When I was a high school student, there was a day that I was walking home. I was at an intersection waiting for the light to change. To successfully cross the street I had a couple of things going against me. First, I was a teenager, and therefore I was tired. Second, I was a teenager, and was listening to music way too loud, so I was down by one of my senses. Third, (you guessed it) I was a teenager, and too cool to do things like wait until the walk signal appeared and verify that there was no traffic. I anticipated the walk signal and started to take a step out and a guy I didn’t know grabbed my arm and pulled me back. My initial thought was that I was angry that someone was grabbing and pulling me very aggressively. A split second later a bus went whizzing past my face. I was breathless. I turned to say thanks and realized that Darwin wasn’t going to give me too many chances like that.
I Rolled the Dice and Won
I learned a valuable lesson that day. It wasn’t calculus or a foreign language, but it was something that would help to keep me alive long enough to learn a little calculus. The funny thing is that I’d been crossing streets for years successfully all on my own by that point, but there was a new lesson that day. I had grown complacent and was using my ho hum attitude to be “cool”. If I was going to survive my youth, I was going to have to ditch my “cool” attitude and replace it with something a little more pragmatic.
Obviously not everyone needs to learn the same lessons in the same way. There are risks in life and you can’t, and shouldn’t, insulate your child from all of them. Taking chances is an important part of what makes life worth living, to a point. Risk management is an important skill that you develop over time. For example, sometimes I still listen to music when crossing the street, but I am aware that this deprives me of an important sense, and I use a lot more caution than I did when I was in high school.
Coping With the Shoulder Season
So, the world presents risks, and with time we learn to manage them with varying degrees of success. This leaves us with some chunk of time when we don’t have the best risk management skills. This period is what my wife and I have dubbed the “crapshoot of life”. Ironically, this period of a person’s life never really ends. To carry on the metaphor, generally your odds of succeeding in this game increase with time and experience.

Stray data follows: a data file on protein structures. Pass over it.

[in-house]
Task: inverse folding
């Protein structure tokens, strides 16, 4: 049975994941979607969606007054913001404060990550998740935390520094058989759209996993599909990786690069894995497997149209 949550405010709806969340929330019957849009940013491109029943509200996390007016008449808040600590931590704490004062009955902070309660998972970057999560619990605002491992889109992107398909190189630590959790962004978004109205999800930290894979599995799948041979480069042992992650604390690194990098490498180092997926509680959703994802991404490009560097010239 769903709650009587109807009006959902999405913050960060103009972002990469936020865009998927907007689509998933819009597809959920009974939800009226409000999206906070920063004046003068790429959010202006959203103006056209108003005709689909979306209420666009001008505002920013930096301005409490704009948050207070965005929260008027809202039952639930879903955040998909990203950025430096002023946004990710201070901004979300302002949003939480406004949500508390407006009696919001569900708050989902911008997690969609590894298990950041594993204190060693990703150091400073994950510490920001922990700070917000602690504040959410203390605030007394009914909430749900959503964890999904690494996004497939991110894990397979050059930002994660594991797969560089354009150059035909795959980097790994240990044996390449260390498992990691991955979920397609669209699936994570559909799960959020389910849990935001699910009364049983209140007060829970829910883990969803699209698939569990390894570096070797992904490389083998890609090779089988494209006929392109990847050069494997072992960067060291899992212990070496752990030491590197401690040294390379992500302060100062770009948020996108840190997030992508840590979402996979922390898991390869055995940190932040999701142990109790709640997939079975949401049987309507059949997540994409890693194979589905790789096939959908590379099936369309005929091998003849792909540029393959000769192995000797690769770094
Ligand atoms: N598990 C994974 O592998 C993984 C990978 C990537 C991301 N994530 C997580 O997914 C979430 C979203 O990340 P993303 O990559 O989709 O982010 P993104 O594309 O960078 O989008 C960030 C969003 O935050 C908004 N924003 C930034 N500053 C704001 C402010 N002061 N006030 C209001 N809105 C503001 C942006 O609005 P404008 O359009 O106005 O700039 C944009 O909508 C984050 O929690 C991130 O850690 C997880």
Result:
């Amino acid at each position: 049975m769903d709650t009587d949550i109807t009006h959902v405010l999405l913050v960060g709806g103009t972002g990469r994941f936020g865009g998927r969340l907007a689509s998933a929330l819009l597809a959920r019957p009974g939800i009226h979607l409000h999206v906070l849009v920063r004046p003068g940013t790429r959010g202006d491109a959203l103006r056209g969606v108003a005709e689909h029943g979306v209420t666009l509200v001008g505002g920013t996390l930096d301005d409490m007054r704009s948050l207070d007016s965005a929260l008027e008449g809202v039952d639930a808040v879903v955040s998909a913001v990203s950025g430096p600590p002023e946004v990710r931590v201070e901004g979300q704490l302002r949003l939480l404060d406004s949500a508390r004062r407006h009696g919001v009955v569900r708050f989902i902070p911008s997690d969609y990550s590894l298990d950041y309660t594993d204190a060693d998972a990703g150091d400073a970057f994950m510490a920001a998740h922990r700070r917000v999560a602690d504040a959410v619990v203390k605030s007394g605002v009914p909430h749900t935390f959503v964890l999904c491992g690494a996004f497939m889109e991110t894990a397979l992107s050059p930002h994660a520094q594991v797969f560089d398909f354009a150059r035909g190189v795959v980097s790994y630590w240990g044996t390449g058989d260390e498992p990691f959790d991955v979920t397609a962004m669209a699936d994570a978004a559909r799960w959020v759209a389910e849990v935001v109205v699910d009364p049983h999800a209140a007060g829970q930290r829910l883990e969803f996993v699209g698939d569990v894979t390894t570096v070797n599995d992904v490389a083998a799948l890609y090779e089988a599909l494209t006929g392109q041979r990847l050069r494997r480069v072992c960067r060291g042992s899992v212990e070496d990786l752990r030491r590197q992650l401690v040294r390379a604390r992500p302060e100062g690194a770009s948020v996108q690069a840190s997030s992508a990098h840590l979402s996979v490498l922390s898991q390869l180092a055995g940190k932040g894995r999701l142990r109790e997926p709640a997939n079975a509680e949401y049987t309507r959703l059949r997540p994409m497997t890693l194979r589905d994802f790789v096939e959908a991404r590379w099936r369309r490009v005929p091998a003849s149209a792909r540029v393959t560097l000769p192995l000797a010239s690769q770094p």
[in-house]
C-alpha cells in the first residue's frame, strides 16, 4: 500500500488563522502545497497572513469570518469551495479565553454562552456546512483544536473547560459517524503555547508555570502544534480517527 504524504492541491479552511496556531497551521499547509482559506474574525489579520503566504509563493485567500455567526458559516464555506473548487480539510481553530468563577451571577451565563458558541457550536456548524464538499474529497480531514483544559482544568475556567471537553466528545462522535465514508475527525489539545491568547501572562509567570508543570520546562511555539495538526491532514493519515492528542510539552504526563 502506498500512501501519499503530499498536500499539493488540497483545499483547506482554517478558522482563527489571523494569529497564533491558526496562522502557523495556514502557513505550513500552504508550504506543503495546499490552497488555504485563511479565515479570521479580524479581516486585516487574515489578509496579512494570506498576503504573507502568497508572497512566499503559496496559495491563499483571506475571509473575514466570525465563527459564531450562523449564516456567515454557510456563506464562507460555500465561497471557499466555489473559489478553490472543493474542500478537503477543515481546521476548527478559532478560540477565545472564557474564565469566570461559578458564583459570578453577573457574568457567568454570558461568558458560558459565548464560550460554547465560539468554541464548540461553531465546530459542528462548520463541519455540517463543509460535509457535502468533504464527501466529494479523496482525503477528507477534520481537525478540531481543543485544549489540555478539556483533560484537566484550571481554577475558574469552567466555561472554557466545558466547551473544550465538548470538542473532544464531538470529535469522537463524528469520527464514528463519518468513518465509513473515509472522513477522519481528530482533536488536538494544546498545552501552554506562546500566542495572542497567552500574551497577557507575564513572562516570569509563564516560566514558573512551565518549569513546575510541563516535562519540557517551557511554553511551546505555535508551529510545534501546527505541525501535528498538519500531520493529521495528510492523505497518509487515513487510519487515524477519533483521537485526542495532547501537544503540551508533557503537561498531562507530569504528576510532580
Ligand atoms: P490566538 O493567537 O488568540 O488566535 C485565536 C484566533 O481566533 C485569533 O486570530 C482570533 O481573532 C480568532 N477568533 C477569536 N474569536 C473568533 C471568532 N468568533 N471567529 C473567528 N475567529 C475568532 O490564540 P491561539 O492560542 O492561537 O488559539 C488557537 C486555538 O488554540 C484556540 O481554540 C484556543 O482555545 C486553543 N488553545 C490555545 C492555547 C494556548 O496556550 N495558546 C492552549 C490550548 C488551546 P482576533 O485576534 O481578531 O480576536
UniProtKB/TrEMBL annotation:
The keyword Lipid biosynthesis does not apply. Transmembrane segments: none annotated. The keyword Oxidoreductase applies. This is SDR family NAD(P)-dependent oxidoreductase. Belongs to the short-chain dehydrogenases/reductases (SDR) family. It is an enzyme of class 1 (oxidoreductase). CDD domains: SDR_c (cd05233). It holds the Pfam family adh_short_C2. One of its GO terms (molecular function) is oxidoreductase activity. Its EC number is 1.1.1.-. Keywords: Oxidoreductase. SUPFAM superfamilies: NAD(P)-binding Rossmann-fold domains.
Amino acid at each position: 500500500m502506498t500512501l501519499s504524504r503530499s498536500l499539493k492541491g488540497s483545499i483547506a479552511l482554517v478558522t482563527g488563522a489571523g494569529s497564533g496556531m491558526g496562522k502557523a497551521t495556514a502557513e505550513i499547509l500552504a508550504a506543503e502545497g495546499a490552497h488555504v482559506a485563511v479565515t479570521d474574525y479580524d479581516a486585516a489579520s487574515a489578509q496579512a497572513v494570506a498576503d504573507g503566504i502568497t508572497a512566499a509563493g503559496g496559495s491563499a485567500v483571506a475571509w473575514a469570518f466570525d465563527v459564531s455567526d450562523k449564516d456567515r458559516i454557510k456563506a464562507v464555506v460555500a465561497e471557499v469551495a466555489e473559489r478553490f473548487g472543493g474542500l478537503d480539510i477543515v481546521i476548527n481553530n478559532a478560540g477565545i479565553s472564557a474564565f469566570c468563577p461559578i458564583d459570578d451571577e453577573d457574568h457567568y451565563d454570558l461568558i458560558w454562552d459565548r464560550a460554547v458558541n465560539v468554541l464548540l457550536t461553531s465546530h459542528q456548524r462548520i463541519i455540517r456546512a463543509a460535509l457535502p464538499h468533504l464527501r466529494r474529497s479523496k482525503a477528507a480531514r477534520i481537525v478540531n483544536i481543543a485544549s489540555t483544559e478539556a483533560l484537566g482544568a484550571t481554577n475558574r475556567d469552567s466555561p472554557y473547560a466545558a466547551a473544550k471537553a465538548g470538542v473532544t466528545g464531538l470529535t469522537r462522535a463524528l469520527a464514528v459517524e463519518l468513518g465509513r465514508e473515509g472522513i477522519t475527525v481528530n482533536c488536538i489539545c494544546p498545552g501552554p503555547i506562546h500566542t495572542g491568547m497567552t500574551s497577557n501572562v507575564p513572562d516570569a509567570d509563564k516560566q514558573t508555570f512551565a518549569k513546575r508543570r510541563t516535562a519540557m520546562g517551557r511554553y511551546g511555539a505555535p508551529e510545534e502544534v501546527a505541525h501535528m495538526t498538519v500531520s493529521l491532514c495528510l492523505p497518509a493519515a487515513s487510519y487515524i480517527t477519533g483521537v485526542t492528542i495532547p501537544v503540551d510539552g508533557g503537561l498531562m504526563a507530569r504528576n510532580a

As a parent, I have found that there is a new skill I have to learn. I have to gauge what “dangers” to expose my kids to so that they can figure out how to make some of these judgements for themselves. The tricky bit to this is that the media bombards us with reasons to fear for our children’s safety. This media induced fear causes a lot of parents to restrict the freedom of their children to the point where they are actually just inhibiting the ability of their kids to develop their own risk assessment skills. Even if you manage to somehow avoid the media induced paranoia surrounding children’s safety, there are social pressures to parent your children in a particular way. Simply “being yourself” as a parent can be quite difficult.
The Uncomfortable Truth
My kids are going to get hurt, both physically and emotionally. There is a chance that throughout their journey they may be permanently injured. There is also a chance that they may die. In order for myself to be a good parent, I feel like I have to fully accept these statements, but not obsess over them. Throughout their lives, I have to make reasonable decisions on their behalf as to how much risk they can accept. I have to accept that, over time, my decisions will have less authority over their actions, and will be replaced with their decisions. Finally, I must be okay with the fact that my kids will make some bad decisions. This is the craps game that I signed up for.
I decided to write this post today because I was reading news on the sentencing of Ariel Castro. It is one of those cases which is very rare, but that the media focuses on to the point that most people think that everyone is out to get their children. It is the sort of story that I think hits an emotional chord with parents and has the effect of working parents up to a point where they lose track of the reality that most people in the world are pretty good people.